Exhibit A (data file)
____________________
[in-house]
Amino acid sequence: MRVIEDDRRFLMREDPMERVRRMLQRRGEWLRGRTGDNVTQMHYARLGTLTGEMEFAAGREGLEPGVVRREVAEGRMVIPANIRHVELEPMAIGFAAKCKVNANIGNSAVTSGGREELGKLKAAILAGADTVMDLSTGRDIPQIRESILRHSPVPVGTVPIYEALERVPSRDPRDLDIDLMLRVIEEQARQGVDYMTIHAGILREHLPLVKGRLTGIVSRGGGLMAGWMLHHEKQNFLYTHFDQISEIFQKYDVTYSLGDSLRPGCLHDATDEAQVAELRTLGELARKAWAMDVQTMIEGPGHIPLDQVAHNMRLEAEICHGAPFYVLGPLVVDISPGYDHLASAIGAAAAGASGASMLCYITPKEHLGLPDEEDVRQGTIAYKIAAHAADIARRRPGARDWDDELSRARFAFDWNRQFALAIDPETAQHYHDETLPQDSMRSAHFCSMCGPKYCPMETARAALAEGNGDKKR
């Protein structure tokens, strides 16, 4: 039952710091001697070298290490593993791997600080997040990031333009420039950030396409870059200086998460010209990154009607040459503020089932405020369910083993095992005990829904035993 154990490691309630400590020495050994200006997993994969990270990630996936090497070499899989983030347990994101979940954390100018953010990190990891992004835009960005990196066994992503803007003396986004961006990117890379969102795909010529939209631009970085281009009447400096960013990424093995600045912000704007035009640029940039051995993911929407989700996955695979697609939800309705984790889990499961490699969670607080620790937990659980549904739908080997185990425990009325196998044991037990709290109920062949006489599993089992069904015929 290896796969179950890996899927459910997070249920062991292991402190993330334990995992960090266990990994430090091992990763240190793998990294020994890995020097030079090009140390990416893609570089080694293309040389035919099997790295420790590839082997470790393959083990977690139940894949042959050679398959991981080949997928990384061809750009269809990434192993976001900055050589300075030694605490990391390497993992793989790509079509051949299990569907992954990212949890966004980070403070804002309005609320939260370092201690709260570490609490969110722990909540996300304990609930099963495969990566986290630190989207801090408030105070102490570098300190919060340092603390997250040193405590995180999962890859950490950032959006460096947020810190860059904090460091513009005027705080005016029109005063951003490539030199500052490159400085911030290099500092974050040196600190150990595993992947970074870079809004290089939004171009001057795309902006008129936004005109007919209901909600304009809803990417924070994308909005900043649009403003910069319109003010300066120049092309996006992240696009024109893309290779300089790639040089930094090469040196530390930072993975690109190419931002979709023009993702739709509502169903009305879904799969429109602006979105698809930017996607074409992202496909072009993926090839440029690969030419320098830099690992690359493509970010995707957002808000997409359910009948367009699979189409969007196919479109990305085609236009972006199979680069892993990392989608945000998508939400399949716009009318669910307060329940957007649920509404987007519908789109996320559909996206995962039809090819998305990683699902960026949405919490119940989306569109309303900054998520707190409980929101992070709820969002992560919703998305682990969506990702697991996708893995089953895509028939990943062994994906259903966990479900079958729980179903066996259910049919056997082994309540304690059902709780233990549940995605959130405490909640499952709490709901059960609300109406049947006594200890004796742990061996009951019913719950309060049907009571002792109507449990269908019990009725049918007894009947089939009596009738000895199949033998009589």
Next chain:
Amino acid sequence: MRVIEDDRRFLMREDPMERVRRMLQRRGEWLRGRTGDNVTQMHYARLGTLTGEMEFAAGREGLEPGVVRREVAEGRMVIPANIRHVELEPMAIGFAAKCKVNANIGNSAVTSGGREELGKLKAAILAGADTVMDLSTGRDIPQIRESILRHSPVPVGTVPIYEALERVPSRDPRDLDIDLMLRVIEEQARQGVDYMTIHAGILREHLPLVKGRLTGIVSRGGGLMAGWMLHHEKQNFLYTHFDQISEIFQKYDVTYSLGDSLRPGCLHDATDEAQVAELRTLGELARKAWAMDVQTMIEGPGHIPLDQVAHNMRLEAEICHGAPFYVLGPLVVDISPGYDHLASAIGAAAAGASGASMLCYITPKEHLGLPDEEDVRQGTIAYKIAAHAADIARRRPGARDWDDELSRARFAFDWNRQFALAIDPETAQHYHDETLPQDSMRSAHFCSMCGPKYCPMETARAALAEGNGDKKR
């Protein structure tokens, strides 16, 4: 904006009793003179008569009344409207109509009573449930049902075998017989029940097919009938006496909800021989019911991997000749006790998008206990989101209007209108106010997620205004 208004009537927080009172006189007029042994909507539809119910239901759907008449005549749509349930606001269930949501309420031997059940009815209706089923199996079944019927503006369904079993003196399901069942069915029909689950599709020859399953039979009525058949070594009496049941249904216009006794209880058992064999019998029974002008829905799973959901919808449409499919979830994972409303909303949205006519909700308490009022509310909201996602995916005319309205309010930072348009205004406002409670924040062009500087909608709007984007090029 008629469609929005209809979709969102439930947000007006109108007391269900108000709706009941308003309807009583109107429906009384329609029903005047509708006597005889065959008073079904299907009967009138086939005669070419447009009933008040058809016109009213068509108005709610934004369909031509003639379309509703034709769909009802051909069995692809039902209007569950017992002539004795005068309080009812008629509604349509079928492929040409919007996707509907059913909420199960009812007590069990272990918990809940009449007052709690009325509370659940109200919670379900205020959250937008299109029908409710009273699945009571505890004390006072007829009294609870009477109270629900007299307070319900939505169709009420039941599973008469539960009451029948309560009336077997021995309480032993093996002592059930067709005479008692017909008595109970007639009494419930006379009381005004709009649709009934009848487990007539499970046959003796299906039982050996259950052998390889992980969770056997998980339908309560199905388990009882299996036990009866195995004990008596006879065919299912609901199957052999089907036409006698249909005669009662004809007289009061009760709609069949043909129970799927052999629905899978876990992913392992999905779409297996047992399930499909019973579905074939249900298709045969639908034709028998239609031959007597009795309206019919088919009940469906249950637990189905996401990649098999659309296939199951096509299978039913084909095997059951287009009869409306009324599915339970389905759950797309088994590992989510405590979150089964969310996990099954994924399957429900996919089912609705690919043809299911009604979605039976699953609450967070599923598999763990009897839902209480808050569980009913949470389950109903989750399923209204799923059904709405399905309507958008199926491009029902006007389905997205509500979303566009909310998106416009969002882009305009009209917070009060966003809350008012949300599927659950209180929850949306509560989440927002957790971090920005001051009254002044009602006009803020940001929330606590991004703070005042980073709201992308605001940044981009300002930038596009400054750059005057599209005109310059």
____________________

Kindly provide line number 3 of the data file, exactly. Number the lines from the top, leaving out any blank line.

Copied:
């Protein structure tokens, strides 16, 4: 039952710091001697070298290490593993791997600080997040990031333009420039950030396409870059200086998460010209990154009607040459503020089932405020369910083993095992005990829904035993 154990490691309630400590020495050994200006997993994969990270990630996936090497070499899989983030347990994101979940954390100018953010990190990891992004835009960005990196066994992503803007003396986004961006990117890379969102795909010529939209631009970085281009009447400096960013990424093995600045912000704007035009640029940039051995993911929407989700996955695979697609939800309705984790889990499961490699969670607080620790937990659980549904739908080997185990425990009325196998044991037990709290109920062949006489599993089992069904015929 290896796969179950890996899927459910997070249920062991292991402190993330334990995992960090266990990994430090091992990763240190793998990294020994890995020097030079090009140390990416893609570089080694293309040389035919099997790295420790590839082997470790393959083990977690139940894949042959050679398959991981080949997928990384061809750009269809990434192993976001900055050589300075030694605490990391390497993992793989790509079509051949299990569907992954990212949890966004980070403070804002309005609320939260370092201690709260570490609490969110722990909540996300304990609930099963495969990566986290630190989207801090408030105070102490570098300190919060340092603390997250040193405590995180999962890859950490950032959006460096947020810190860059904090460091513009005027705080005016029109005063951003490539030199500052490159400085911030290099500092974050040196600190150990595993992947970074870079809004290089939004171009001057795309902006008129936004005109007919209901909600304009809803990417924070994308909005900043649009403003910069319109003010300066120049092309996006992240696009024109893309290779300089790639040089930094090469040196530390930072993975690109190419931002979709023009993702739709509502169903009305879904799969429109602006979105698809930017996607074409992202496909072009993926090839440029690969030419320098830099690992690359493509970010995707957002808000997409359910009948367009699979189409969007196919479109990305085609236009972006199979680069892993990392989608945000998508939400399949716009009318669910307060329940957007649920509404987007519908789109996320559909996206995962039809090819998305990683699902960026949405919490119940989306569109309303900054998520707190409980929101992070709820969002992560919703998305682990969506990702697991996708893995089953895509028939990943062994994906259903966990479900079958729980179903066996259910049919056997082994309540304690059902709780233990549940995605959130405490909640499952709490709901059960609300109406049947006594200890004796742990061996009951019913719950309060049907009571002792109507449990269908019990009725049918007894009947089939009596009738000895199949033998009589």